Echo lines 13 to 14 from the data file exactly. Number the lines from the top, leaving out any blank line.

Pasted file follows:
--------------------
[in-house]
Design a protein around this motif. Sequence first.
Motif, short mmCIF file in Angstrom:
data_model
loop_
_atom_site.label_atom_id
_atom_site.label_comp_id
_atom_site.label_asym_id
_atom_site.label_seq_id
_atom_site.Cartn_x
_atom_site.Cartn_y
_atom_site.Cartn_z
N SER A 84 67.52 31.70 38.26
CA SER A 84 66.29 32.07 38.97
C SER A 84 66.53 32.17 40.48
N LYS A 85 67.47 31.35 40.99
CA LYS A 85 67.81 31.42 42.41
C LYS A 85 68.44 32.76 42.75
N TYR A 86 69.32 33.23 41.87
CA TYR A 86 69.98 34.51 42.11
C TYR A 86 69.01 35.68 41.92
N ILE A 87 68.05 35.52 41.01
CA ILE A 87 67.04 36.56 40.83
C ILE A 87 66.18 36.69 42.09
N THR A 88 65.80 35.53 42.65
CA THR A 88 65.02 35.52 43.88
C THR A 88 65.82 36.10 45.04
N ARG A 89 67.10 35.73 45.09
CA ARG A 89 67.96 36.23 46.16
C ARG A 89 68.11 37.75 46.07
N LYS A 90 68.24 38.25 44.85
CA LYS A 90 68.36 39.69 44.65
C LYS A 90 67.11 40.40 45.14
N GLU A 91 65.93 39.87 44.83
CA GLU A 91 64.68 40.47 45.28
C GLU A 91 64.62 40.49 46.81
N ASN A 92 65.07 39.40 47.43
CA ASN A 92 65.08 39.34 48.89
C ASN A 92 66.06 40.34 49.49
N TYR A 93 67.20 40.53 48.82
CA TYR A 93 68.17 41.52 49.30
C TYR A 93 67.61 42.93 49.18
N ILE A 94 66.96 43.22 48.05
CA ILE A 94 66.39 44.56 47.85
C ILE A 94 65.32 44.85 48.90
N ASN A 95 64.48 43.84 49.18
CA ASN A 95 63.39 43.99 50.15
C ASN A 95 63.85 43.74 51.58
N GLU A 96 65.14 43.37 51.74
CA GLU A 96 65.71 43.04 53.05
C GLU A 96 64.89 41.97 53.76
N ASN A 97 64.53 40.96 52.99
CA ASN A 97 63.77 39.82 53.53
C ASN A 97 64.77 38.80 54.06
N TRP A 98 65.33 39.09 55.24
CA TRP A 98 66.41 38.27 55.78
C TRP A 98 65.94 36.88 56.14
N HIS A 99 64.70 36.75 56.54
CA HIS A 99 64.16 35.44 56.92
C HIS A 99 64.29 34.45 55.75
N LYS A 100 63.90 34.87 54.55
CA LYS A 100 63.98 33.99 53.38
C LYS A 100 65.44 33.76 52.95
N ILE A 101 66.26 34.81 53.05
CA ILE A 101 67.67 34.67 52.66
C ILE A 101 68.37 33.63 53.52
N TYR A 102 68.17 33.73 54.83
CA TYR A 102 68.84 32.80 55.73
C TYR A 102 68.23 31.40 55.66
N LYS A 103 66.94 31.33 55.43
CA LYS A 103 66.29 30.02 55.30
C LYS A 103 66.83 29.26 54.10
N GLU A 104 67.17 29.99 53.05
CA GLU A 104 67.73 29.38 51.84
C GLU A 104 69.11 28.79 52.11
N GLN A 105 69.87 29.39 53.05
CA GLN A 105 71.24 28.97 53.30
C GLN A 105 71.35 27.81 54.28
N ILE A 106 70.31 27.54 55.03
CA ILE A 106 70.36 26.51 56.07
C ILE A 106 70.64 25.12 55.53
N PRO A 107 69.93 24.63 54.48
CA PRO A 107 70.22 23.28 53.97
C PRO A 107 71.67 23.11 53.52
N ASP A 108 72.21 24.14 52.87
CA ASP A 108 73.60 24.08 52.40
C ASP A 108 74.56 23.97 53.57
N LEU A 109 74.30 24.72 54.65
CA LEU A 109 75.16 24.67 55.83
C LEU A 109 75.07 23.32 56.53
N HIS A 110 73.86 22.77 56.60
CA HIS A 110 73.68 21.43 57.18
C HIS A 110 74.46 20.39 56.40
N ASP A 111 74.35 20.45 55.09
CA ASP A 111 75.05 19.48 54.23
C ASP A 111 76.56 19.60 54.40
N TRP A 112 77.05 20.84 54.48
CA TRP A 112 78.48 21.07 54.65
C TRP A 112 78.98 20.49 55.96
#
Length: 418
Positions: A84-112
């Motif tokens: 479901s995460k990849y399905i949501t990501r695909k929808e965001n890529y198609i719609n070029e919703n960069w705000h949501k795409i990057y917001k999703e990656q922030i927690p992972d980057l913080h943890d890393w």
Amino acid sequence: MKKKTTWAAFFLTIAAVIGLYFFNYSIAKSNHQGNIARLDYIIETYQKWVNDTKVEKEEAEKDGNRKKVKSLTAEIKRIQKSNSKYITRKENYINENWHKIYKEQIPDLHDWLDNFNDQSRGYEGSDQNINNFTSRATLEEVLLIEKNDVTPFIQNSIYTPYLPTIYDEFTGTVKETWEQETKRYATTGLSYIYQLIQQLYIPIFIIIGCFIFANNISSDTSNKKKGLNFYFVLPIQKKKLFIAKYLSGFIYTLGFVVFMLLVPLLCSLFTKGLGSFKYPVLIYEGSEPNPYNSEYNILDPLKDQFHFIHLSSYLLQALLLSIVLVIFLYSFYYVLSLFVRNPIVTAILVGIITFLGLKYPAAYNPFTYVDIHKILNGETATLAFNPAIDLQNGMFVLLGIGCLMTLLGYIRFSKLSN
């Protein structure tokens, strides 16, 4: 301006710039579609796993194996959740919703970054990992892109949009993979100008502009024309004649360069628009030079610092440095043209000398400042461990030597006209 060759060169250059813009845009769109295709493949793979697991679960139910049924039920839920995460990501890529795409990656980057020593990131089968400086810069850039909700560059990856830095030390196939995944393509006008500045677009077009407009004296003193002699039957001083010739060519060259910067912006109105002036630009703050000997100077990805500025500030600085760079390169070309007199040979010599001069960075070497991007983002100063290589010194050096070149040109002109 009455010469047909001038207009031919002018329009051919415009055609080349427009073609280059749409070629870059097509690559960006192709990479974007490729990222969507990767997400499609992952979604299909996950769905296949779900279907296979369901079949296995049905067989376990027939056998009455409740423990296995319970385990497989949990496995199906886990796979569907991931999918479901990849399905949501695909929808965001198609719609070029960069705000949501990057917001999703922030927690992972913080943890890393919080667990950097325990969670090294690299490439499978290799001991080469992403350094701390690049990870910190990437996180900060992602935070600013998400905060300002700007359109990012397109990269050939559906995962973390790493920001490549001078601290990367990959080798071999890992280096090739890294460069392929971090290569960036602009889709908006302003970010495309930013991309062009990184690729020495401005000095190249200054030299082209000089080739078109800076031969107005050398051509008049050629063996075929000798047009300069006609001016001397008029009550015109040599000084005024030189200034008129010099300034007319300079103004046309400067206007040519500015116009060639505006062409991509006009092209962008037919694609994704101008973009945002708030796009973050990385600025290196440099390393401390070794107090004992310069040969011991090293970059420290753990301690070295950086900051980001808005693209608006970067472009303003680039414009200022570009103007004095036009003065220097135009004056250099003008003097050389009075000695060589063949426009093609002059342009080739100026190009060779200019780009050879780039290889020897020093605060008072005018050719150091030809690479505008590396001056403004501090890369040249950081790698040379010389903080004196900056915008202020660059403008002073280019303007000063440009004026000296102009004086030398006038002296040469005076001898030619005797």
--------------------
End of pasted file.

N SER A 84 67.52 31.70 38.26
CA SER A 84 66.29 32.07 38.97